On the road: Underhill back on slippery slope to the drop
21:50 GMT, 8 April 2012
While a good portion of the planet
watched Barcelona beating AC Milan at the Nou Camp last Tuesday night,
an even bigger portion ignored Barnet losing to Swindon Town at
There were 99,000 at the Nou Camp; it is a setting that implies greatness.
There were 2,000 at Underhill; it has a slope that suggests subsidence.
Barnet know about sliding away. Swindon's 2-0 victory left the Bees 22nd in League Two, our old fourth division.
Finish 23rd or 24th and you're relegated, which Barnet were in 2001.
The ups and downs of football: While Di Canio (left) is looking up, Sanchez (right) faces a struggle
It took them four seasons and four managers to get out of the Conference. Tuesday's loss left Barnet as one of six teams at the bottom separated by six points with six games to go.
That's a devilish mix.
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Cleaning up: Sanchez took Wycombe to an FA Cup semi-final
It is a curiosity to find Sanchez here in an alleged 'office', so small there is no desk.
'We don't live beyond our means,' he said.
Such circumstances breed realism. Sanchez could have requested some appreciation for his efforts last April and May but he looks at others too.
'Getting out last year was a massive achievement,' he said, 'but as well as we did, Lincoln won none of their last 11 games. That's as much why we stayed up – by a point. This season is in our own hands.
'Teams like Northampton, Bradford, Plymouth, should not be in this position. The finances they've had over the years, to be down here is a nonsense. Macclesfield, Dagenham, Hereford and ourselves – we're the four teams with the lowest wages in the division. There's the correlation, much as chairmen don't want to know it. It'll be a dogfight until the last day.'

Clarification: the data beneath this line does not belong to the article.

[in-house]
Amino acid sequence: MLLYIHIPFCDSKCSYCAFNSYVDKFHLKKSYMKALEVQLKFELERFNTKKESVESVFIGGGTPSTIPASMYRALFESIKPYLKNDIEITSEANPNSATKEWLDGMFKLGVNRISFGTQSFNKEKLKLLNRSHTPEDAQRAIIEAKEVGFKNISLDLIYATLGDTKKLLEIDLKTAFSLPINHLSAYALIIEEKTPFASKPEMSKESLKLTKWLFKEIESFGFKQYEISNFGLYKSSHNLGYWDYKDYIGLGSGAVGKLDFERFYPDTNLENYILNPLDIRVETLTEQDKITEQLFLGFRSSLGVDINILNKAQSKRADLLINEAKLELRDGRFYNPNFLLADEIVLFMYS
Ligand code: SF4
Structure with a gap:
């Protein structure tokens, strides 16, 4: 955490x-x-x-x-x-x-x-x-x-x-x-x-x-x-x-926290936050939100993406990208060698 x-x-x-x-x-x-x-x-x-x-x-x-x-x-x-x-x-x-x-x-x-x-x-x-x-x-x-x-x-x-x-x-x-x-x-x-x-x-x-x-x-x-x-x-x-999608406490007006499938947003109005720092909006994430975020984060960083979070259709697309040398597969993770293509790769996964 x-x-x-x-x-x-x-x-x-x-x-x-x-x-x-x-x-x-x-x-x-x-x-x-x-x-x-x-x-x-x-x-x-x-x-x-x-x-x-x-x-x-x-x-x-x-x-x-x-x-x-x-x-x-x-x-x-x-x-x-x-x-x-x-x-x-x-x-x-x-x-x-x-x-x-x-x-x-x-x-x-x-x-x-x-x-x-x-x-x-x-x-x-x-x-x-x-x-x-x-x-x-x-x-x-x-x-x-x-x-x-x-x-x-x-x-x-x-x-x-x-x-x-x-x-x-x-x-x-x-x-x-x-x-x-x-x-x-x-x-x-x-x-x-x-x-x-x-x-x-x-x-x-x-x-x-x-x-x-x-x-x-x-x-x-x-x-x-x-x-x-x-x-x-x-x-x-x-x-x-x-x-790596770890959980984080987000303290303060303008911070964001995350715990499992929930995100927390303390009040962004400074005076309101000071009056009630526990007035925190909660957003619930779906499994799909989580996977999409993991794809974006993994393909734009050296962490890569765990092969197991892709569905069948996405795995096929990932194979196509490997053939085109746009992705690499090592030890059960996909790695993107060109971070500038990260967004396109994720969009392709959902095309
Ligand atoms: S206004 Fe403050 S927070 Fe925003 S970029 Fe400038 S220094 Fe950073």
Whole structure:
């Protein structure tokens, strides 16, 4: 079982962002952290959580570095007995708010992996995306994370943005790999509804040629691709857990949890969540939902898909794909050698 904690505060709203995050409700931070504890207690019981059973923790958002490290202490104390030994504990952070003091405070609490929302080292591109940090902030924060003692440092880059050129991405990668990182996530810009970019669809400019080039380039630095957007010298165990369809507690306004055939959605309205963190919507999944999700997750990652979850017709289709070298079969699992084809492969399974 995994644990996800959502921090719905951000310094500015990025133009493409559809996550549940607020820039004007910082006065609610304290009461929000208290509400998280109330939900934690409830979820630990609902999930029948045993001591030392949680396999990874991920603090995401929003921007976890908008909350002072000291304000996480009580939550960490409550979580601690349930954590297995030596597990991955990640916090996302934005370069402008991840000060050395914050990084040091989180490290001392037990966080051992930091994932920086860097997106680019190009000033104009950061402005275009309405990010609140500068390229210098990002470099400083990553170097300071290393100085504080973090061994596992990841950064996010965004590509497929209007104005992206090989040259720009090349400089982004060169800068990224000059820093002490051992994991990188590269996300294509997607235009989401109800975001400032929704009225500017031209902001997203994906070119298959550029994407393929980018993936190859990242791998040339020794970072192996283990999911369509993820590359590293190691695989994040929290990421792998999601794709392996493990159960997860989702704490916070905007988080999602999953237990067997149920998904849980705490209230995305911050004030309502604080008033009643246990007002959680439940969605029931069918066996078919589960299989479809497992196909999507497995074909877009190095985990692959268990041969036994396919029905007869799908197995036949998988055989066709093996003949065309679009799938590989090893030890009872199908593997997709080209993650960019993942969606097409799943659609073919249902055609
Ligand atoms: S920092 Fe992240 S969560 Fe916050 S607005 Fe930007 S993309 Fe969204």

It has taken Barnet 48 points to stay up on the last day and that is Sanchez's target again.
It will not be easy – Barnet have 39 and the worst goal difference in the bottom six.
This afternoon fourth-place Crawley go to Underhill and a trip to fifth-place Southend comes after Hereford.
Loss of League status hits hard economically.
League Two clubs receive 450,000 per season from the Football League.
That is halved after relegation, for one season. A 215,000 'solidarity payment' from the Premier League disappears.
Youth funding goes too.
So, generally, do fans and sponsors.
The overall first-season drop is accepted to be around 600,000. Pride also suffers. Next year is the club's 125th anniversary and could be the last at Underhill.
It would be 'poignant', Sanchez said, to celebrate it as a League club.
'Look at those who've gone down: Lincoln last season, Wrexham, Grimsby, Luton – there'll be half a dozen teams in the Conference bigger than Barnet – and they've found it hard to get back up. They haven't. And it hits year on year.
'Barnet would survive relegation, the chairman is quite shrewd and the club would cut their cloth accordingly. But I've been in relegation battles when I went into Fulham and Wycombe, and here, and one thing I'd say is that it's easier to stay up than to go down and come back. That's proven by teams I've just mentioned.
'I've never been relegated as a manager, I had it once as a young player at Reading. It's a stain that you do not want. Nobody benefits.'
Tension bites in Bristol
It will be squeamish at Underhill on Friday and there will be similar feelings at Ashton Gate on Monday afternoon.
Bristol City produced an unforeseen victory at Nottingham Forest on Saturday.
It leaves them one point above relegation at kick-off.
The team a point below are Coventry City, Monday's visitors.
A Bristol win would feel like a knockout blow, though only until the next match.
That's how tight it is.
Only Doncaster Rovers, bottom and eight points from safety, look incapable of staying in the Championship; even Portsmouth, two points better off, are still striving.
Failure is proving to be some motivation. In one of the last five games even Barnsley, 18th, probably need a win.
It would be big news if it came at Blackpool.